The Universities of Cape Town and Oxford are the oldest universities in their respective countries. However, as a recent visit by the University of Oxford demonstrated, longstanding and recent research collaborations are producing innovative solutions to problems of the present and creating a better future.
Effective collaboration between universities cannot happen from the top down: it needs to be research-led. This was the message from this week's visit by a high-level delegation from Oxford to UCT. The group included Oxford Vice-Chancellor Prof Andrew Hamilton and senior researchers.
The close relationship between the two universities has given rise to a range of research projects that have the potential for tremendous social impact, said UCT Vice-Chancellor Dr Max Price. They include collaboration in fields such as malaria drug resistance, food security, constitutional and customary law in Africa, as well as the development and testing of new tuberculosis vaccines.
Hamilton is enthusiastic about the great potential of collaboration between the universities' researchers in a wide range of fields. "We need now to encourage collaboration where it does not yet exist," he said. "Collaborations thrive when there is mutual need, and South Africa offers a unique environment to study some of the greatest challenges facing us today."
UCT currently collaborates and publishes with Oxford more than any other university in the United Kingdom, with neurosciences being one of the most fruitful collaborations.
"We are particularly pleased, therefore, that the launch of UCT's Neurosciences Initiative coincides with this week's visit by the University of Oxford," said Price.
The Neurosciences Initiative brings together clinicians and researchers from a wide range of specialities, fostering collaboration in the treatment of a number of neurological disorders.
Prof Graham Fieggen, UCT's head of neurosurgery and project leader of the Neurosciences Initiative, believes that the launch of this multidisciplinary initiative will only strengthen future collaborations.
Professor of neuroscience at Oxford and co-director of the Oxford Centre for Neuromuscular Science, Matthew Wood concurs.
"Neurosciences are much broader than simply understanding the brain or understanding neurological disease. Essentially it goes to the heart of who we are as human beings, and to many of the challenges that exist in society," said Wood, a UCT alumnus who is also an honorary professor at UCT.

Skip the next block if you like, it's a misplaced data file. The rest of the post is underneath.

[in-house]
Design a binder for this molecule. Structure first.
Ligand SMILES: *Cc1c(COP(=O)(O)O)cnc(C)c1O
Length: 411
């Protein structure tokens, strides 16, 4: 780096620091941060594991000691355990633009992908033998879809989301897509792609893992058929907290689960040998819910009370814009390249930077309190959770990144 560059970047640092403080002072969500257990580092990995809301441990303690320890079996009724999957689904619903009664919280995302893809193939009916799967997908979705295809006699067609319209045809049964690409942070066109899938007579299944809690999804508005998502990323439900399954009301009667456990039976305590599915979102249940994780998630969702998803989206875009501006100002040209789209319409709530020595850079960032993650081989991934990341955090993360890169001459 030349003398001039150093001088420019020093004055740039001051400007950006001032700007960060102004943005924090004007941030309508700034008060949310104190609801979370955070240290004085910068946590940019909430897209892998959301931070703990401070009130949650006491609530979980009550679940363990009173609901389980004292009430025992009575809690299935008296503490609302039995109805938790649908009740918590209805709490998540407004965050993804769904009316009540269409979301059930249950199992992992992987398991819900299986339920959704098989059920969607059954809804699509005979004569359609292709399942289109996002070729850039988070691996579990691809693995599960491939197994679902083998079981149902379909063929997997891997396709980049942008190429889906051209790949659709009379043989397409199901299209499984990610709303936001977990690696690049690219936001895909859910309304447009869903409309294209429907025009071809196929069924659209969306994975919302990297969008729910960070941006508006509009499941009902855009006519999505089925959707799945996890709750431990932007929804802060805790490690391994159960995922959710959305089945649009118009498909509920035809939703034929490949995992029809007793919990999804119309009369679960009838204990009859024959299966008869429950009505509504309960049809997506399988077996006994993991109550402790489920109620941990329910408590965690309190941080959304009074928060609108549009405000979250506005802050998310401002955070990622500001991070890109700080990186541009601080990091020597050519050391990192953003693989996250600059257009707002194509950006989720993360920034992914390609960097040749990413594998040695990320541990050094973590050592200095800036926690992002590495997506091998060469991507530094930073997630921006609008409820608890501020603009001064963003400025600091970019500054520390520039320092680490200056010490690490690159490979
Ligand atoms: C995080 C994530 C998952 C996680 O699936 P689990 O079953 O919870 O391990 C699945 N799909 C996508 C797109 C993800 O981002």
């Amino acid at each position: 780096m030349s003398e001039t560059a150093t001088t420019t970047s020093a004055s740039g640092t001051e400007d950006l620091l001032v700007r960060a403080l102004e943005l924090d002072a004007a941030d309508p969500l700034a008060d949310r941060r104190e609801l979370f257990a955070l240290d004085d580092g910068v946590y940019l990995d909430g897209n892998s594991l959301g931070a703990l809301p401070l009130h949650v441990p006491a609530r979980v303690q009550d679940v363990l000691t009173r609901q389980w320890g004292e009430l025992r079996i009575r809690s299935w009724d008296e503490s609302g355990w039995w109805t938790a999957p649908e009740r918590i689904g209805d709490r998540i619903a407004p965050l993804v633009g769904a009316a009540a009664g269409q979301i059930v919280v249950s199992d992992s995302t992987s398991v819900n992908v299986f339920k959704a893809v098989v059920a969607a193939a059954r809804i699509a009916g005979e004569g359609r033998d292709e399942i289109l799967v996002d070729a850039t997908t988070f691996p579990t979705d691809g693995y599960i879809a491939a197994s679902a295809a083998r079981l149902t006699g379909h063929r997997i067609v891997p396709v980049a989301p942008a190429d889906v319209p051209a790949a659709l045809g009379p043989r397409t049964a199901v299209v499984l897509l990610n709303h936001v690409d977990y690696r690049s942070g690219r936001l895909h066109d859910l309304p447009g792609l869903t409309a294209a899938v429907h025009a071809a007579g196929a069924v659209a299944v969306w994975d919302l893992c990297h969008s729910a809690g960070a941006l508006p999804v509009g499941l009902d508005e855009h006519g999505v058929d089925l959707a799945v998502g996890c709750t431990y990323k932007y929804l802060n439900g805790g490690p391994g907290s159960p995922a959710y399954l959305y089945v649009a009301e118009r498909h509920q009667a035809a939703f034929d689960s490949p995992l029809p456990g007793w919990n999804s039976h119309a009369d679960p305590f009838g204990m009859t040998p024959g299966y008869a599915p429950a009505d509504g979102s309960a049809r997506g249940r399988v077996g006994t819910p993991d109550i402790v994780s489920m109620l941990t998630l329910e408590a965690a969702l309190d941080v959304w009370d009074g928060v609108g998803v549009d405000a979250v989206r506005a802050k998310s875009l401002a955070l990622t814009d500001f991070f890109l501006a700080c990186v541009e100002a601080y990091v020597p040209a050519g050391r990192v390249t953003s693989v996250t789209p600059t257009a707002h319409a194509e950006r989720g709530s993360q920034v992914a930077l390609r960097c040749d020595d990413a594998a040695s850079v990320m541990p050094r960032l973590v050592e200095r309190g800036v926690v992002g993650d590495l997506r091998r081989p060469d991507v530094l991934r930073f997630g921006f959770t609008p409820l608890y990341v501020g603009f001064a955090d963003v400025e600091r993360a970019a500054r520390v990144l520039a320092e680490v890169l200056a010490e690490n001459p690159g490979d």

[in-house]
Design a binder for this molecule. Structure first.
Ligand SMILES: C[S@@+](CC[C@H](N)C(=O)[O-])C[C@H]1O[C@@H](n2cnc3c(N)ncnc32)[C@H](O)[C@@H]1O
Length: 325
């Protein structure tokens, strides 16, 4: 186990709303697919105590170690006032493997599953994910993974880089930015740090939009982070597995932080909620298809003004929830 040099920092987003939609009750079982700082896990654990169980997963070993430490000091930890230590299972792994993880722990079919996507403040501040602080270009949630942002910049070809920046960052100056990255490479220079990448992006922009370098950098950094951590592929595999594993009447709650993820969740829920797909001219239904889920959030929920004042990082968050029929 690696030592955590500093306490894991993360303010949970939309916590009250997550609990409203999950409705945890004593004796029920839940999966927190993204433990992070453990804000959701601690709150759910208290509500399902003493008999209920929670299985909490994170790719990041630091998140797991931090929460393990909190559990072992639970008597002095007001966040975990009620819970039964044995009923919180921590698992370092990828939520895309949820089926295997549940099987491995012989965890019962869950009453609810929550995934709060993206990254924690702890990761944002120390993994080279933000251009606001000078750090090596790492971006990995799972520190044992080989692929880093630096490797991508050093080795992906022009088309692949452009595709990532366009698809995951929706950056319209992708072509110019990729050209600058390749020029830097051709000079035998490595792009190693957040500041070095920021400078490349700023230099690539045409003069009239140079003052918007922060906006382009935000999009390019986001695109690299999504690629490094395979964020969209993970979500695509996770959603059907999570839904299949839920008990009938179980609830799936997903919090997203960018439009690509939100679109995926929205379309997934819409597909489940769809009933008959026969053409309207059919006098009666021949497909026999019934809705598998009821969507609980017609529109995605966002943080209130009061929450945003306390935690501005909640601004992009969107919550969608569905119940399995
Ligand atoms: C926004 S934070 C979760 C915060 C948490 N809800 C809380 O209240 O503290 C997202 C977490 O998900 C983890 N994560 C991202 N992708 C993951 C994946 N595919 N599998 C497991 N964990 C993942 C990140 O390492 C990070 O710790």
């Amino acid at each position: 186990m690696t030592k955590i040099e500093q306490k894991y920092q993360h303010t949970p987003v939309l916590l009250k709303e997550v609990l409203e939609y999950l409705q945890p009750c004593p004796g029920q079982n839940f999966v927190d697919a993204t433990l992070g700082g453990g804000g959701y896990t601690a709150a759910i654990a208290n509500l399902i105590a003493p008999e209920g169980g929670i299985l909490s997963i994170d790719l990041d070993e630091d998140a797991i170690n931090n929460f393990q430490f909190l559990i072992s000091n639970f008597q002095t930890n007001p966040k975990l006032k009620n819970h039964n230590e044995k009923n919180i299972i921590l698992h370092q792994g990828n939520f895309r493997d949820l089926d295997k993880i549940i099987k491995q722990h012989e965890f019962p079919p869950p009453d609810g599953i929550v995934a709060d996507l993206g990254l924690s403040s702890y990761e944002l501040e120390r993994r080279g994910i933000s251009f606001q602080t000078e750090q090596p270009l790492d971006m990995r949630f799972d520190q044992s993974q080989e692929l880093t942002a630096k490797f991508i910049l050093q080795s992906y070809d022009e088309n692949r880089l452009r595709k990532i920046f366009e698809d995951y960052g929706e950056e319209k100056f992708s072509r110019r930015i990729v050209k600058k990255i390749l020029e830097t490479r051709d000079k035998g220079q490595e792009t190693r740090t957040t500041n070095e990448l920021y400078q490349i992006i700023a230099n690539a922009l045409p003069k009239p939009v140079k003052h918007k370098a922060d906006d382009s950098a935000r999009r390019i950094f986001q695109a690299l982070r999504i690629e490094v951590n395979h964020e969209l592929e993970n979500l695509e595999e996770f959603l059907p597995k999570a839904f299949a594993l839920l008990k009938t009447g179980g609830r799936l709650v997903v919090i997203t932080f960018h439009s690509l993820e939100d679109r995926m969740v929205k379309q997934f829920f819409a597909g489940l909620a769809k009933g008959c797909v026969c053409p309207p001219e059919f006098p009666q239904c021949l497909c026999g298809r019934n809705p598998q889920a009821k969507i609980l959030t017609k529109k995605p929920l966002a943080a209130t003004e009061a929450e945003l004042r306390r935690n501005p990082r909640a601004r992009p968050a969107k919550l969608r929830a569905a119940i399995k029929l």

Managing chronic diseases over the phone
One of the many collaborative projects showcased during the Oxford visit was the development of mobile phone technology for the self-management of chronic diseases such as high blood pressure. Named the SMS-text Adherence Support (*StAR) trial, it is part of m-Health (Mobile Health) development in Africa, and is a collaborative project between Oxford's Institute of Biomedical Engineering and Primary Care Health Sciences and UCT's Chronic Diseases Initiative for Africa (CDIA).
Widely used across Africa, mobile phones are a highly effective way to reach patients. In a recent trial of an intervention to improve blood pressure control, over 95% of patients receiving educational and supportive SMSes remained in contact with the project over one year.
The collaboration involved Oxford's Andrew Farmer (professor of general practice), Lionel Tarassenko (professor of electrical engineering) and David Springer (IBME). UCT researchers included Prof Bongani Mayosi (head of medicine), Prof Naomi Levitt (head of the diabetic medicine and endocrinology and director of CDIA) and Dr Kirsty Bobrow (CDIA).
Largest community based study among HIV-positive teenagers
Another project – looking for insights into the behaviour of South Africa's 1.2-million HIV-positive teenagers – seeks to understand the reasons for low rates of adherence to anti-retroviral treatment and inconsistent levels of contraceptive use.
Mzantsi Wakho, which looks at promoting antiretroviral adherence and sexual and reproductive health service access among HIV-positive adolescents, is the largest community based study among HIV-positive teenagers ever conducted. Preliminary results reveal the powerful role that stigma still plays in preventing teenagers from disclosing their HIV status to their partners.
Mzantsi Wakho is led by UCT's Dr Rebecca Hodes (director, AIDS and Society Research Unit, Centre for Social Science Research, and an honorary research fellow at UCT's Department of Historical Studies) and Lucie Cluver (associate professor of evidence-based social intervention at Oxford and honorary lecturer in UCT's Division of Neuropsychiatry). The Departments of Health, Social Development, Basic Education and Women, Children and People with Disabilities were consulted on the project's research design.
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